A Fair Pretender [Kindle Compatible (MOBI)]
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by Janet Woods
Description: Graine Seaton impersonates Evelyn Adams because she wants to survive. Her new identity comes with a fortune, and betrothal to a man of letters. Graine doesn't count on falling in love with Saville Lamartine, the master of Rushford House, nor does she envisage opposing the slave trade from which her fortune came. When her pretence is exposed and her life is under threat, will Saville come to her rescue? Georgian Romance by Janet Woods; originally published by Robert Hale [UK]
eBook Publisher: Belgrave House, 2004
Fictionwise Kindle eBookstore Release Date: August 2010
Available eBook Formats [Kindle Compatible (MOBI) - What's this?]: Kindle Compatible (MOBI) [304 KB]
Reading time: 225-315 min.
All Other formats: Printing DISABLED, Read-aloud DISABLED
Dorset England - Winter 1750
From now on I must respond only to being called Evelyn Adams.
So thought Graine Seaton as she straightened the skirt of her travelling gown. Her gloved fingers plucked at a lace handkerchief, which now bore the elaborately entwined and inexpertly embroidered initials of her late mistress in the corner.
Evelyn Adams' estate had already been sold, her wealth transferred and the nuptial agreements exchanged----and since Evelyn had drowned en-route from the West Indies when their ship had foundered, Graine had seized the opportunity to better her own lot in life by assuming her identity and marrying the English gentleman in her place.
Could she pull the deception off, she wondered?
Of course she could. She and Evelyn were similar in appearance, if not in size, with Evelyn being a good head taller and larger boned. Related as they were through their mutual father, their similarities were understandable, though Graine's hair and eyes were tawnier shades of brown.
Not that Evelyn Adams had known they were sisters. How could she when Graine's mother had stated in a letter that Seth Adams denied that he'd fathered a child on the wrong side of the blanket? All the parties concerned had died long before the convent nuns had secured her the position of companion to Evelyn.
Graine had not known of the connection herself then, for the sisters of the convent she'd grown up in hadn't seen fit to inform her. She only discovered the identity of her father in a letter left for her amongst her mother's few personal effects, and those had been handed to her long after she'd been hired.
The coincidence had hardly mattered to Graine. She'd been orphaned for too long to miss any ties that close family might furnish her with. She enjoyed her job as Evelyn's companion, and had grown to love her over the four years she'd been with her.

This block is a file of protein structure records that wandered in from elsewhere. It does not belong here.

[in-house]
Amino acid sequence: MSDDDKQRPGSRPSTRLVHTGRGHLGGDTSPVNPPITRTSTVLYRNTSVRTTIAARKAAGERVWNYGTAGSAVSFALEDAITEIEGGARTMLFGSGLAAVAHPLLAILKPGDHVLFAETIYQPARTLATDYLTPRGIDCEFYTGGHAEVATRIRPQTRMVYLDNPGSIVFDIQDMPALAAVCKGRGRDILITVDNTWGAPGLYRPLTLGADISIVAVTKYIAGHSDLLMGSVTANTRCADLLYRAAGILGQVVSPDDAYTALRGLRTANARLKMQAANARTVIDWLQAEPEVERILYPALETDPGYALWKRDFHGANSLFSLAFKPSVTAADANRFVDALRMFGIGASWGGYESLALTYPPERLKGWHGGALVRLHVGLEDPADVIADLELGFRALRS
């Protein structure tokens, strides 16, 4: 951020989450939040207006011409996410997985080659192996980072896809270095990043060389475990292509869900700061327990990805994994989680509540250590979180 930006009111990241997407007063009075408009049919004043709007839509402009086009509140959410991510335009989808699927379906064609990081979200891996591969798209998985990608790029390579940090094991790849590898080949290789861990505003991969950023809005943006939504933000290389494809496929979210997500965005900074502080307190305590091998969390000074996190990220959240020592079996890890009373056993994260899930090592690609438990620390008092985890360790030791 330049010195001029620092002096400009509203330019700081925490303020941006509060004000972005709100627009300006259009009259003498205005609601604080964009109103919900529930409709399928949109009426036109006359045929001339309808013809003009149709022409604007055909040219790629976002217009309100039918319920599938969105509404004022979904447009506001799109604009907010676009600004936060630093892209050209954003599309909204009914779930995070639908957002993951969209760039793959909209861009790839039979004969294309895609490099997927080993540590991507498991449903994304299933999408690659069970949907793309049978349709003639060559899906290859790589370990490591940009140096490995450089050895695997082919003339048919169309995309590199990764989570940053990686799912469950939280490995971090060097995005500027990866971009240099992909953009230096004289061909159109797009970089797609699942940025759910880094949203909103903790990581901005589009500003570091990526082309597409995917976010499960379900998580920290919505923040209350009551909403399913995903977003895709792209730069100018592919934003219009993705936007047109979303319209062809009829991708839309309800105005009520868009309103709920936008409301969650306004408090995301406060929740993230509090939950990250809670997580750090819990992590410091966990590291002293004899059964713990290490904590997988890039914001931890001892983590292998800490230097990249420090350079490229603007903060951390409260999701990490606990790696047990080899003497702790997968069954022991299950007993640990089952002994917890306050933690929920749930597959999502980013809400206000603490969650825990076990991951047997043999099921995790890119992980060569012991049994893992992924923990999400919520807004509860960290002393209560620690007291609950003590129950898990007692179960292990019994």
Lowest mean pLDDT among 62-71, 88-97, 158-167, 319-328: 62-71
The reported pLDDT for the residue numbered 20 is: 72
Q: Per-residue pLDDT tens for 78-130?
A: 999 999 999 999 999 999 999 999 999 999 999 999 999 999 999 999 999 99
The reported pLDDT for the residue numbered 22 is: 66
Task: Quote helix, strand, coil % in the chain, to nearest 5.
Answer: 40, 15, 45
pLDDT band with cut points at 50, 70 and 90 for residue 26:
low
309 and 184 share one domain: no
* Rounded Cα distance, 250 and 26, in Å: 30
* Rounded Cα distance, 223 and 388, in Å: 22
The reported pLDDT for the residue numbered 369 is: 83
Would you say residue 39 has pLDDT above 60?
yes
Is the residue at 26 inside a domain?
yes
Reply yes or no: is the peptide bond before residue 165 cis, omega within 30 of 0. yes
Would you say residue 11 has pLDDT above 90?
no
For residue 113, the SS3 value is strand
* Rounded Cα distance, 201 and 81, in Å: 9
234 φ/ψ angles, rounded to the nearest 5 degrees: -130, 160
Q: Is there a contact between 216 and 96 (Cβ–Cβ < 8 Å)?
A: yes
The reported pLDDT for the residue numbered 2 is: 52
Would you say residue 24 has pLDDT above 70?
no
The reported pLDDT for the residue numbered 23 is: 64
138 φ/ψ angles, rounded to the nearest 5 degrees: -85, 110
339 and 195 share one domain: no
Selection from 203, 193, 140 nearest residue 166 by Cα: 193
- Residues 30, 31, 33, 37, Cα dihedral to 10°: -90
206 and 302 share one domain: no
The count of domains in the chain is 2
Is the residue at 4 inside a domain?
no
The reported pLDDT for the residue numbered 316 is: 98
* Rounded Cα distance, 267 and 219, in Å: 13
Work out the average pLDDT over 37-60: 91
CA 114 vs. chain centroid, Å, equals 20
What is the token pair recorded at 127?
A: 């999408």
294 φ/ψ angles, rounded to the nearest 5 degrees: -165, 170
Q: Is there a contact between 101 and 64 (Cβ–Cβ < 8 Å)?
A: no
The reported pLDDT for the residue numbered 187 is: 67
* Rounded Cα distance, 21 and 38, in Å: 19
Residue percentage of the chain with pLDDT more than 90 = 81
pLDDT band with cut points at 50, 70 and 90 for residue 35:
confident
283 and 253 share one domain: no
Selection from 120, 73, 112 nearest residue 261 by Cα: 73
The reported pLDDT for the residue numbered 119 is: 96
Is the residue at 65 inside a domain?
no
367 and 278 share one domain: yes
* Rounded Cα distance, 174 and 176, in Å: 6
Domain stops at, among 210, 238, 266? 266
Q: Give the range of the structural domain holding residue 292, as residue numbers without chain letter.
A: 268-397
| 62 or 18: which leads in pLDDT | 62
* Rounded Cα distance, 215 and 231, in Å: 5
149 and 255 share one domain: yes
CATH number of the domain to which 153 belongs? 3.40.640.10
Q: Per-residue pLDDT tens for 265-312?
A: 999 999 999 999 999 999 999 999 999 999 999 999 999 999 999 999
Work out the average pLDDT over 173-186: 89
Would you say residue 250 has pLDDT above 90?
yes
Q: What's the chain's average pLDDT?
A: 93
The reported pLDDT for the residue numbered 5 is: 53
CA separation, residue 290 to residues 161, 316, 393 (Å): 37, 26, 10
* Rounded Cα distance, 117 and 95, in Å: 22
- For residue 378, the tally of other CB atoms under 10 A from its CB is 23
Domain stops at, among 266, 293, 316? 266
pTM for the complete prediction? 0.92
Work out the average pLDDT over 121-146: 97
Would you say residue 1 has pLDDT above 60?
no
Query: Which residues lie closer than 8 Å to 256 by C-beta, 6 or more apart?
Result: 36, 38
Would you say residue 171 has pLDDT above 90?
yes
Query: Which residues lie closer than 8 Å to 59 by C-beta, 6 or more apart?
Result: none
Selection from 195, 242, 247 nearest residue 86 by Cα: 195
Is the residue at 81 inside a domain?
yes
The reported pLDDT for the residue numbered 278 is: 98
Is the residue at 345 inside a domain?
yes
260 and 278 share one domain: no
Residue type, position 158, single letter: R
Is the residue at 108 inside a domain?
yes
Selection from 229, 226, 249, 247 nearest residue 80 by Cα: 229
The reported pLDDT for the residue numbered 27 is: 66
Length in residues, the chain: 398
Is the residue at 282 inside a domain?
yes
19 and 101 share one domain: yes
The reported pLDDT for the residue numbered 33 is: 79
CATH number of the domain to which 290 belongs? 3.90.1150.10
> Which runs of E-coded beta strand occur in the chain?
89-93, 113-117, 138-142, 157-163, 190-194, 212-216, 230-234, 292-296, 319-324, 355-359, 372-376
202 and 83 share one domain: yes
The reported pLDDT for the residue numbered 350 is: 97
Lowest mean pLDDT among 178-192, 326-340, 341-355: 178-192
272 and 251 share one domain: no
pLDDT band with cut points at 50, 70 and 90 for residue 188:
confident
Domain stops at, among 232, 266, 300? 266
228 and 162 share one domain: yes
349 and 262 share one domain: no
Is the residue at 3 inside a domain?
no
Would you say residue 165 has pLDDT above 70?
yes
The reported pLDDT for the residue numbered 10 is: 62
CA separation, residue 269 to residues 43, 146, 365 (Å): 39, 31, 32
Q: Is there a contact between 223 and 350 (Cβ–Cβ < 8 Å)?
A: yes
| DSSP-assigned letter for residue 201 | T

Her half-sister had been placed in the care of the ageing male guardian who also managed South Winds, the Adams's sugar plantation. Evelyn had not been quick-witted or beautiful, but she was generous natured, kind and pleasant. She'd been pleased to have the company of a girl six years her junior and had overlooked Graine's ineptitude, treating her more like the younger half-sister she was, rather than a hired companion.
'Be damned if I'd have agreed to wed John Lamartine sight unseen,' Graine had said to her.
To which Evelyn had shrugged. 'I'm twenty-six years old and the only offer I've had was from a sea captain with a reputation for cruelty and licentiousness. John Lamartine comes with impeccable references from an earl and an archbishop. Better to marry him than stay here as an old maid and grow sugar cane.' She shuddered. 'England will be such fun. I'll be able to go to balls and such and will try and find a suitable husband for you.'
'I refuse to marry anyone I do not love just to provide him with children,' she said, which ironically, was something that would now come to pass.
Evelyn's eyes had softened with longing. 'Most women have to. I should like a child or two to love. For whoever fathered them, the bond would be that of mother and child and they'd be close to my heart.'
And Evelyn would have made the best of mothers. Graine hoped she hadn't suffered too much as the sea had taken her life. Confined to the cabin with seasickness, she must have been trapped there when the ship foundered. Graine had been on deck, enjoying the buffeting wind and the slap and crack of the sails when the huge wave had born down on them.
Washed overboard, she'd thought the crushing weight of the water would prevent her from ever seeing the sky again. But it hadn't. The sea had spat her to the surface like a cork from a bottle. The ship was half submerged on its side some distance away, floating in a tangle of sails, spars and ropes. Then she lost sight of it.
Clinging to some debris she floated for several hours before being picked up by some of the crew in the ship's boat. Somehow, they'd made it back to the nearest port, where she'd been looked after by the ship's agent for a month before being placed aboard another ship.